If you answered yes to any of these questions, here’s one more: Do you have 30-40 minutes on Wednesday evening (6 p.m.), Oct. 16, at the Rex Theatre, to hear how Matt Potratz is planning to bring the community together in his vision of “Adopt a Block” Project for Orofino?
All I knew about Matt was that he was a person of tremendous spirit and he had been miraculously bounced back into life after being in a coma in a close brush with death. He had been caught in an avalanche a few years back while snowmobiling. I’ve ready several of his columns and heard he was an incredible inspiration to others. He hasn’t missed a beat. Matt sports a fierce determination to make the most of his life and the situation at hand.
As I approached the house to learn more about Adopt a Block, a couple of young boys asked who I was and who I was looking for, they sent me to the front door when another young man answered, and invited me in. Eight little guys altogether were playing contentedly around the house. It was noisy, but a happy noise and they all seemed to understand the rules. “Three of the boys are mine,” claimed Matt, “the others are friends over to play.” “They seem to have no where else to go.” he states simply. On this particular Friday and most of the others, “they come here where they know and their parents know it’s safe.” Sometimes they come to eat; sometimes we watch movies or do activities. It’s what we do. It’s just one way I can help.”
Adopt a Block originated in some of the more desperate neighborhoods in L.A. Matt attends church at New Bridges in Lewiston and the congregation has made some big changes for some very needy residents.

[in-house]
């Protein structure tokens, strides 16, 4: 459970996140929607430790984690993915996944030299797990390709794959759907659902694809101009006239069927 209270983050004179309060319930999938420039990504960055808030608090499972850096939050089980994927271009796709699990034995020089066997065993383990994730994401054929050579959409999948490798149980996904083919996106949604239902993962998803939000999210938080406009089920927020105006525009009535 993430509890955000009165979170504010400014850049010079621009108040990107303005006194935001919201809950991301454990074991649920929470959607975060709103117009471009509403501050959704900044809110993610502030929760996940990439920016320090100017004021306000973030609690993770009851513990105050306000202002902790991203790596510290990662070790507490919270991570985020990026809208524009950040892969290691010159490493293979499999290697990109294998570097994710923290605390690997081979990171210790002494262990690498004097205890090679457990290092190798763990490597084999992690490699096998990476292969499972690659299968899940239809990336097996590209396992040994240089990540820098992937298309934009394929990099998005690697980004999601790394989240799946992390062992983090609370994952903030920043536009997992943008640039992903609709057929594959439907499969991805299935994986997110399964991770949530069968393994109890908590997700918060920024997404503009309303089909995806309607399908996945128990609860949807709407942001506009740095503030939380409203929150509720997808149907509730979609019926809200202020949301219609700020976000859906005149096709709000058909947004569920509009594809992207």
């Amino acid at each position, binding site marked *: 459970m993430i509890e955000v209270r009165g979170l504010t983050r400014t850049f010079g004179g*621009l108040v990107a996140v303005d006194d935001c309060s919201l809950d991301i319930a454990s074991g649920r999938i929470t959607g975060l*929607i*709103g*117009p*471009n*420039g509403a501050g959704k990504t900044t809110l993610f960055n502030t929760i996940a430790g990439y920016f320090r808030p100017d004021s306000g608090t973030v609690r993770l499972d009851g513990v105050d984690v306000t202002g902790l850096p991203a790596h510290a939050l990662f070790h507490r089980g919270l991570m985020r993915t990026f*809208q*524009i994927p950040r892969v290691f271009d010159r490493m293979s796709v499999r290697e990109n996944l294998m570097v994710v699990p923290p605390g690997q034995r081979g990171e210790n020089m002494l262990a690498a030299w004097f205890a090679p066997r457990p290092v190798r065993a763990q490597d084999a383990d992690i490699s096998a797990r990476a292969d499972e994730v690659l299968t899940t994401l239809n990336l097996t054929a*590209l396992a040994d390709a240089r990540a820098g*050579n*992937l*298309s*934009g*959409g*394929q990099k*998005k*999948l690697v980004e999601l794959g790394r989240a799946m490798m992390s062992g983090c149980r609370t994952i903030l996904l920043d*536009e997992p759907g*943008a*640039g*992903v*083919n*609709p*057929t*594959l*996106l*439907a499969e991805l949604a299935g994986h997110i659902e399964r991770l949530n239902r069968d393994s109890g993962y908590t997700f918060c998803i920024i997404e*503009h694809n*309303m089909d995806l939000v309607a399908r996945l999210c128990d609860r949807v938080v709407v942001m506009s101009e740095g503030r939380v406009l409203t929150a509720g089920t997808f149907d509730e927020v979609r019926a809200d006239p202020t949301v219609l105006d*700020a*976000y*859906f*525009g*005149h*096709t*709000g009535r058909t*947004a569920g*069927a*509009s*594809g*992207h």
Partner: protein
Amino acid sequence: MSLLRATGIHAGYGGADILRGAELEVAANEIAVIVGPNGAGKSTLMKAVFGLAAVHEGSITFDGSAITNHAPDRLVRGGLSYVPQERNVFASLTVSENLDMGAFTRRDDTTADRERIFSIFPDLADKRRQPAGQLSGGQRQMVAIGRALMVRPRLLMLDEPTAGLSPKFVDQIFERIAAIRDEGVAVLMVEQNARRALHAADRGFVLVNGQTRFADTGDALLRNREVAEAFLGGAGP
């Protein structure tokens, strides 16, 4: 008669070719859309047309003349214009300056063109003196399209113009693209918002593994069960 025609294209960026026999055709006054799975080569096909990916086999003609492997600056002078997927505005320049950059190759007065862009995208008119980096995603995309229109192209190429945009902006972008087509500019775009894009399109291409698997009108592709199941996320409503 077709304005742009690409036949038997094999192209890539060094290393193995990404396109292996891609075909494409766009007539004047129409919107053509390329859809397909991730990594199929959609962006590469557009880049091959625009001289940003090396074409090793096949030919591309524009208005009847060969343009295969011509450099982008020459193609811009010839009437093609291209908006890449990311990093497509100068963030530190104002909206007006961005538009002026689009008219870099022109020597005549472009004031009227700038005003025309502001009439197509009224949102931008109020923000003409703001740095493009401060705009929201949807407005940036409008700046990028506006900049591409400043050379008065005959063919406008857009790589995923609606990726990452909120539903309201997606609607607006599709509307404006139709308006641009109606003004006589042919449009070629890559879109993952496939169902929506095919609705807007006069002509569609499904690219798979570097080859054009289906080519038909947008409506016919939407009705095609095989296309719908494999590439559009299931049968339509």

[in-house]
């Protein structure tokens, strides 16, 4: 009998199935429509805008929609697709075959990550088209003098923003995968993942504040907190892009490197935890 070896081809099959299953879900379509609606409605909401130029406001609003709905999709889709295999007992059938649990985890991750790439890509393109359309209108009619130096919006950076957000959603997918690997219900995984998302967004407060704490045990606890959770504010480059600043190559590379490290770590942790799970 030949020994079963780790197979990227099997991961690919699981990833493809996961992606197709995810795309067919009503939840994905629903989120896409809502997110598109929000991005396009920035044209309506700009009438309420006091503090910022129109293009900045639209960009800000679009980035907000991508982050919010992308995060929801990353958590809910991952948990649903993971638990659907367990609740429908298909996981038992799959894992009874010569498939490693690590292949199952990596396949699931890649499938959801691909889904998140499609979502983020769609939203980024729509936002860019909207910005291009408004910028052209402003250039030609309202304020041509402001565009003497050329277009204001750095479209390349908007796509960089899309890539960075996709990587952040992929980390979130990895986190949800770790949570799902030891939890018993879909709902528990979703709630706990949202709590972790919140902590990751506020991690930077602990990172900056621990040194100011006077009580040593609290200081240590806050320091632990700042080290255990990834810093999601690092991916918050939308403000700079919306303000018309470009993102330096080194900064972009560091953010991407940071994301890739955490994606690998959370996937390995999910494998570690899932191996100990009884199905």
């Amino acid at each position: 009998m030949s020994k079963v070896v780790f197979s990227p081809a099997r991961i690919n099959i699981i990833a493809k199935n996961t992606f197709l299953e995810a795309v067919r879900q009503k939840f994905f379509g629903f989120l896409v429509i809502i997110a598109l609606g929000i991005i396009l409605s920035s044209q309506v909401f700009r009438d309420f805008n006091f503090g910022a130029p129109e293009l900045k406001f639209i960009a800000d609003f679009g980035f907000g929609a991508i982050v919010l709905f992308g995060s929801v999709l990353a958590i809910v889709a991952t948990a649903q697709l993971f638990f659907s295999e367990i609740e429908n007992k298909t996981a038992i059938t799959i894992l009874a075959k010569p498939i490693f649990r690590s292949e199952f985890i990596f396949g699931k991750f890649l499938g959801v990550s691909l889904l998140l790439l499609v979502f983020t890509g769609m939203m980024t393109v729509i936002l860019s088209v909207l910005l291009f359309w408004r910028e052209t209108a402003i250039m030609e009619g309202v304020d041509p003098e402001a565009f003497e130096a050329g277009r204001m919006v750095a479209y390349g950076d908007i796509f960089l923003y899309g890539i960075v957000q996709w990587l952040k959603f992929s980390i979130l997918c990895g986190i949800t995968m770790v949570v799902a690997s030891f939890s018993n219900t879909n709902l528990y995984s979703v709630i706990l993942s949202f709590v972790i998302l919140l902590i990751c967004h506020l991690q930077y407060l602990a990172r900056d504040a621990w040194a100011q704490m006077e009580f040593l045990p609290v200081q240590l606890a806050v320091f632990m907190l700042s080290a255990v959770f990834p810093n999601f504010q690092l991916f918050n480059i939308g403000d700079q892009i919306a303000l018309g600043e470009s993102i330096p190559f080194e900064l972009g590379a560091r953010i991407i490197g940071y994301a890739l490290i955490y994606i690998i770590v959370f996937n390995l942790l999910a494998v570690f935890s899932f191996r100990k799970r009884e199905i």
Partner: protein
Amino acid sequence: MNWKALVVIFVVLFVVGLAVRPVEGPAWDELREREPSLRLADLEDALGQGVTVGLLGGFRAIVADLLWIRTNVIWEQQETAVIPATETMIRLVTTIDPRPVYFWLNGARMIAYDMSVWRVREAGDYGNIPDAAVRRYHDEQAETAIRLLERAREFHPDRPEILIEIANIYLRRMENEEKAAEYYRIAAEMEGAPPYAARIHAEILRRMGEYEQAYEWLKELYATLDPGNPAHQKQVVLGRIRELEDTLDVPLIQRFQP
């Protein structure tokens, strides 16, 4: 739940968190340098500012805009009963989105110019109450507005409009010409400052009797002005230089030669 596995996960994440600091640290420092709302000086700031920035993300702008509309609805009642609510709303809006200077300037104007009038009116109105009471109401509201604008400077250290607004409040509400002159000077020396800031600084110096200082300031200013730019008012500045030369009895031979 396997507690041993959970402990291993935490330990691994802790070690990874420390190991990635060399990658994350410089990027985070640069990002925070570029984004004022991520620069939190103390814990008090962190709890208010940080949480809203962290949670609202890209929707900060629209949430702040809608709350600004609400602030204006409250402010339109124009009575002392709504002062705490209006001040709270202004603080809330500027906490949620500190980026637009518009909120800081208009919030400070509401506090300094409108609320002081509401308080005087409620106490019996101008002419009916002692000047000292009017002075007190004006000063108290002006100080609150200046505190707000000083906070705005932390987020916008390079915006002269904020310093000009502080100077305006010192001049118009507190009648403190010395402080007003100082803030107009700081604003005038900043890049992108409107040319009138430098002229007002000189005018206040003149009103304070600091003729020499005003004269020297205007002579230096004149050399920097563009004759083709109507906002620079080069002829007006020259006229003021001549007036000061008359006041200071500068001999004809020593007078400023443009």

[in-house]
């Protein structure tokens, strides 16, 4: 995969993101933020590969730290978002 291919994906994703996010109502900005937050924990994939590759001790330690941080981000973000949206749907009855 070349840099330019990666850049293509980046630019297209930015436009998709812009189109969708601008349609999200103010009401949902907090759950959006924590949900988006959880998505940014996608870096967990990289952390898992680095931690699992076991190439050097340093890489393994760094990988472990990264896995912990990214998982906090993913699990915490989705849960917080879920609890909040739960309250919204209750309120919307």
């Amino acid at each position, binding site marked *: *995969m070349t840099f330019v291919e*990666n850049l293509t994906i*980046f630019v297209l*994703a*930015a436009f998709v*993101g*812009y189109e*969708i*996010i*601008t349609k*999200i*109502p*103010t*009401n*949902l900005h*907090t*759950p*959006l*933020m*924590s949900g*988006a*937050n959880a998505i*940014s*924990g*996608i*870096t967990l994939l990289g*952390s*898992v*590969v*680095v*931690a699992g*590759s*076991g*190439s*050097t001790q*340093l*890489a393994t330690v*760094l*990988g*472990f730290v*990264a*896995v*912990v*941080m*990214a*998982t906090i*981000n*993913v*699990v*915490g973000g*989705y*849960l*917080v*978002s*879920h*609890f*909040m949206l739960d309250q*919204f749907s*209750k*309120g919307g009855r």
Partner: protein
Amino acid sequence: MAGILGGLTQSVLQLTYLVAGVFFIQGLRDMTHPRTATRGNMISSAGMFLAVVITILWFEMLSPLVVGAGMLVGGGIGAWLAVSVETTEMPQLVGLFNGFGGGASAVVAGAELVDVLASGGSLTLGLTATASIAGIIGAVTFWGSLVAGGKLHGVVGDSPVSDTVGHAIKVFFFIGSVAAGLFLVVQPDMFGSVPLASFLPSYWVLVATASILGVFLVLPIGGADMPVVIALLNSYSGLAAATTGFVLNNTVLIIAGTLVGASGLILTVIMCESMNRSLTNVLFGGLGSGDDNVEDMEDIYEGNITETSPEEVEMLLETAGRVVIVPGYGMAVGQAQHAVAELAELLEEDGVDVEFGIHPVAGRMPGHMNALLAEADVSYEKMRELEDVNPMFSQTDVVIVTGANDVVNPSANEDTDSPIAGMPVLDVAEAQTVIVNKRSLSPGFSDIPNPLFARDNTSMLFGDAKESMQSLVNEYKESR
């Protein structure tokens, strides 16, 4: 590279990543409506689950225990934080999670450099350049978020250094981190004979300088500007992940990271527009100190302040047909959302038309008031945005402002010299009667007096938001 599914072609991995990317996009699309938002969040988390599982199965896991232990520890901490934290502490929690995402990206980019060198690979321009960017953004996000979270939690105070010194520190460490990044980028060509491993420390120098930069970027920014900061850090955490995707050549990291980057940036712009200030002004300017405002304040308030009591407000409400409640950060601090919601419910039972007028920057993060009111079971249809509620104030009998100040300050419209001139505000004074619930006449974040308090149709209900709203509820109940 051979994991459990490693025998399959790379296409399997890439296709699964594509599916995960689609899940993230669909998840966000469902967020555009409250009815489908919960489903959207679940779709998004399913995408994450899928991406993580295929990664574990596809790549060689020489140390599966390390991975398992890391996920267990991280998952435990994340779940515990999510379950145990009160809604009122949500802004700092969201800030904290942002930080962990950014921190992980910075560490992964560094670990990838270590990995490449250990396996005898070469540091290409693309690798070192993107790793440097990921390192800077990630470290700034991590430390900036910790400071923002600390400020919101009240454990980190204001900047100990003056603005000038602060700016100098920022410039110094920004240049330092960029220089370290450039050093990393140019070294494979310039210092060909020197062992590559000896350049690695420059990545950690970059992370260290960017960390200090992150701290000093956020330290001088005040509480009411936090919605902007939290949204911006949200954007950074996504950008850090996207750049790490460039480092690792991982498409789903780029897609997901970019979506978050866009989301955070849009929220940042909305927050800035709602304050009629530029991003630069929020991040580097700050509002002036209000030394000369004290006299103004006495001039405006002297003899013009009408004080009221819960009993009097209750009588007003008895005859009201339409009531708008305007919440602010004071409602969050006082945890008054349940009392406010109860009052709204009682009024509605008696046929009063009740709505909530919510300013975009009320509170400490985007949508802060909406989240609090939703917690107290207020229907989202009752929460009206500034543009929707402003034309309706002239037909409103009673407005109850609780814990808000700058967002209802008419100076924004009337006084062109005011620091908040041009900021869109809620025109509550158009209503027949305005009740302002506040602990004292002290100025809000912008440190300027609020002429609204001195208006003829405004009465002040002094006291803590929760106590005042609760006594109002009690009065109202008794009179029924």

Technically, it was a faith based program, but that’s not a priority in Matt’s perspective. Adopt a Block is all about people serving people, and what better way to serve God than by helping those around us who need it most?
“It’s not about me, my ordeal, or my book,” he clarifies, it’s about helping those who don’t really have a choice,” and that’s why he has focused on serving the elderly and youth in our area. “I’ve checked around and identified a few areas of particular need right now. Brookside Landing and Clearwater Health and Rehabilitation are such examples. Both facilities have many residents without family near and who rarely receive visitors. Matt would like to facilitate small groups (two-five people) to go and share an hour once a week with some of the residents.
At the other end of the spectrum, he is working with the schools to help locate the families of young children with unmet needs. Matt would like to pair them up with a family able to help make a difference, in whatever way they can.
“The best part,” he said, “was that while we think we are the ones giving, we are actually the one’s receiving. Once a person feels the fulfillment that helping others brings, it’s hard to stop. Matt considers it a way for him to give back to the community that never gave up on him and gave him a second chance at life.
He tells how his accident helped to open his eyes to being a person and a father. As one might anticipate, priorities shift after such an event, and Matt wants others to know that we are all capable of rearranging our priorities - we shouldn’t need a tragedy as a catalyst to begin.
“If I had the chance right now to go back and be the old Matt, I wouldn’t do it,” he shares. “No way. I had no idea what life was really about." The relationship with his God, his family, and his sons has evolved ten-fold since the accident.
As the days get shorter, darker, holidays lurk around the corner, and our paychecks (if we have one) are having to stretch even farther, it is also a time of loneliness and hardship for many. A visitor with a familiar face an encouraging word, can make a world of difference to those without.
So on Wednesday, Oct. 16, do yourself a favor, see what all the excitement is about, learn how you can help. Meet with Matt Potratz, and others in our community who want to make a difference at 6 p.m. at the Rex Theatre. Refreshments will be served.